As we have studied, written about and, in recent months, traveled and presented training to police supervisors in our class Police Morale for Supervisors: It IS Your Problem, we’ve learned that: a) low morale is a problem plaguing many agencies, and for many reasons, across the country; b) police supervisors are struggling for ways to improve the morale of cops in their charge, and; c) many of those supervisors spend very little time complimenting -- or sometimes even noticing -- the good work of those under them. Instead, they find themselves directing much of their energies toward prodding subordinates to be more productive or self-motivated or addressing poor performance or behavior or otherwise occupied with necessary but time-consuming administrative minutia.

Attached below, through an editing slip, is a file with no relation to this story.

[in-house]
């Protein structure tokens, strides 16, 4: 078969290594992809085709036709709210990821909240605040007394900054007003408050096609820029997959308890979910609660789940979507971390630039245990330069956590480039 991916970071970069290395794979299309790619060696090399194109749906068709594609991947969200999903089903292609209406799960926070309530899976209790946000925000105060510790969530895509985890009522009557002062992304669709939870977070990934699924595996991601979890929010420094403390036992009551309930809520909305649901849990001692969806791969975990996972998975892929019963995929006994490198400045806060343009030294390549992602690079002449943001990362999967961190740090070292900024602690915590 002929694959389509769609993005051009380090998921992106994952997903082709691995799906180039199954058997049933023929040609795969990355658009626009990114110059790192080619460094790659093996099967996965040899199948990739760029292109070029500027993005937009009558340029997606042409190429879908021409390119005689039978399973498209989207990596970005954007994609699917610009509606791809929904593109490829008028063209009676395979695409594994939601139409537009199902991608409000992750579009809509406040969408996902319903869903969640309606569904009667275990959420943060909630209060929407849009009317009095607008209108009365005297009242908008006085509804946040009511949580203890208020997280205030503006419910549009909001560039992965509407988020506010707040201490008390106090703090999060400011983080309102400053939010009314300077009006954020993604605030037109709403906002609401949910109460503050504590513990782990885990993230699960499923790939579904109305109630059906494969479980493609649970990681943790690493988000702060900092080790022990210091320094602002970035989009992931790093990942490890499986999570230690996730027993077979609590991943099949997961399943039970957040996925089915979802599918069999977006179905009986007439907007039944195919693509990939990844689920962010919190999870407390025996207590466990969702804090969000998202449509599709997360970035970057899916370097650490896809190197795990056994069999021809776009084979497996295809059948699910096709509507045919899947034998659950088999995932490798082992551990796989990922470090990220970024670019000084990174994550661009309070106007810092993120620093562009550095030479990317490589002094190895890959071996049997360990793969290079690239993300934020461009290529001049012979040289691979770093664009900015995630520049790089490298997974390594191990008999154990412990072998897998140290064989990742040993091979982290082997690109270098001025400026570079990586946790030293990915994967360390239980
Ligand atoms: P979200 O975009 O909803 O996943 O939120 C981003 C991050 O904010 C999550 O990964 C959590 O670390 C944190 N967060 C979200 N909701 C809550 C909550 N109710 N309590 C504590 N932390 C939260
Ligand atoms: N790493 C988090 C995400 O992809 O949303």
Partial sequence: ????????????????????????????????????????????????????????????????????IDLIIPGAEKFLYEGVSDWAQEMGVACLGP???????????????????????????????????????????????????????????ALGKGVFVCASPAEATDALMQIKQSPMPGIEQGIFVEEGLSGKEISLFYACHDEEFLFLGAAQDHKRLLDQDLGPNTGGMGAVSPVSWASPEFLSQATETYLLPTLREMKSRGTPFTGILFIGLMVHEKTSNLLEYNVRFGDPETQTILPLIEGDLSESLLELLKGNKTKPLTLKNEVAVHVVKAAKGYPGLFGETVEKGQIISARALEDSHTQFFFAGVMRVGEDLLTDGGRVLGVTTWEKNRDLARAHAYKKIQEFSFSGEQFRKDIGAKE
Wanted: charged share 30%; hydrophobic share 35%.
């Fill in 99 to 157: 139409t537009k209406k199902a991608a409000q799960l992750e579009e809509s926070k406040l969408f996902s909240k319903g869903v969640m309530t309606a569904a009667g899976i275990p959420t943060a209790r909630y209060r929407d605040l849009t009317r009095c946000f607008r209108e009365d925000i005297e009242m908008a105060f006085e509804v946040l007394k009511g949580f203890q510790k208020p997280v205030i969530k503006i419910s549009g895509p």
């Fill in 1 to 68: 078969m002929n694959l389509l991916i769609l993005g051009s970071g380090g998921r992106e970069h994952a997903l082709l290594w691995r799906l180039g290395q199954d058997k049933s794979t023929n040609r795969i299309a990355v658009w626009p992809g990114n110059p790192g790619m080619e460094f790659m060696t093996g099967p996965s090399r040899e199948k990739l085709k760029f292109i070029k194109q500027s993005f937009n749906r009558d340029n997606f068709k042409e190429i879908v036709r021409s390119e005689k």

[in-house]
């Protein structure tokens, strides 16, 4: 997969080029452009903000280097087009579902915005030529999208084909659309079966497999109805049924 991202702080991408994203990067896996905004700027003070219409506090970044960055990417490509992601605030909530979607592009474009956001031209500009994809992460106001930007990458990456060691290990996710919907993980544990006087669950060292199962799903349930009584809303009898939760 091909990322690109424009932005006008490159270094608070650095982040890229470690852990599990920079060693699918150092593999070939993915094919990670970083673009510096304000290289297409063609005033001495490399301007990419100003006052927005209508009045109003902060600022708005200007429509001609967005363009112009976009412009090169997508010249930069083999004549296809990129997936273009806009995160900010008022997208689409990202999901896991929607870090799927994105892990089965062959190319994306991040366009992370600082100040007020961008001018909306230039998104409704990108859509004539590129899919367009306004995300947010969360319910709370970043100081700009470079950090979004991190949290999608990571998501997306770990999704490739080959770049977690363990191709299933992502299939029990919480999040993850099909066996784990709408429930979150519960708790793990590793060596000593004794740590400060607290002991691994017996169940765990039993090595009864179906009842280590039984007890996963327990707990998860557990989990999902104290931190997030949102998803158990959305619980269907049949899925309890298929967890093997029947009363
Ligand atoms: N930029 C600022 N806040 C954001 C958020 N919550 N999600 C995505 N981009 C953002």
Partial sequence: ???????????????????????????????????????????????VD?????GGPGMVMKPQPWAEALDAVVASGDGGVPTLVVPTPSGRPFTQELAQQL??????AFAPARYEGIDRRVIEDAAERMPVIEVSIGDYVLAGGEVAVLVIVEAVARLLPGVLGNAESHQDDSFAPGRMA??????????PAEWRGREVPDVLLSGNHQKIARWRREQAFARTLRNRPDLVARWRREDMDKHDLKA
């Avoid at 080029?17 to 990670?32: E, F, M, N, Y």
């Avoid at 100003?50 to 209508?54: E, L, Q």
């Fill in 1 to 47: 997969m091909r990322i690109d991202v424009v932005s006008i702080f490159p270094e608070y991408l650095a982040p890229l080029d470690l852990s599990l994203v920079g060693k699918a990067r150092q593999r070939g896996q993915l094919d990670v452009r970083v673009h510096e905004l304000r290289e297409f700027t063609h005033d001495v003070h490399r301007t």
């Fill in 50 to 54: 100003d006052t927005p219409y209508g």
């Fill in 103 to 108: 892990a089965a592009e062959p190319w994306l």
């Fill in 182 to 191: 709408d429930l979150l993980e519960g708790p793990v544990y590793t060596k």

Some may even sneer at the idea of their cops needing recognition or praise. “Working hard and doing their jobs are what they are paid to do, right? Why should I have to waste my time complimenting grown men and women for showing up and doing what they’re supposed to do?” And a lot of the supervisors we’ve met and corresponded with have shared a very common frustration about supervising the latest crop of Generation Y or Millennial workers. One of the traits of these young adults that has been repeatedly reported in research and media -- and amply verified by the bosses we get to talk to -- is their need for frequent feedback, direction, affirmation and attention from those in positions of authority and seniority. They expect, are used to, and like the attention of older, more experienced adults in their professional and personal settings. They grew up with it, so it’s their norm and sometimes have difficulty adapting to settings where independent self-reliance and confident decisiveness are expected of employees.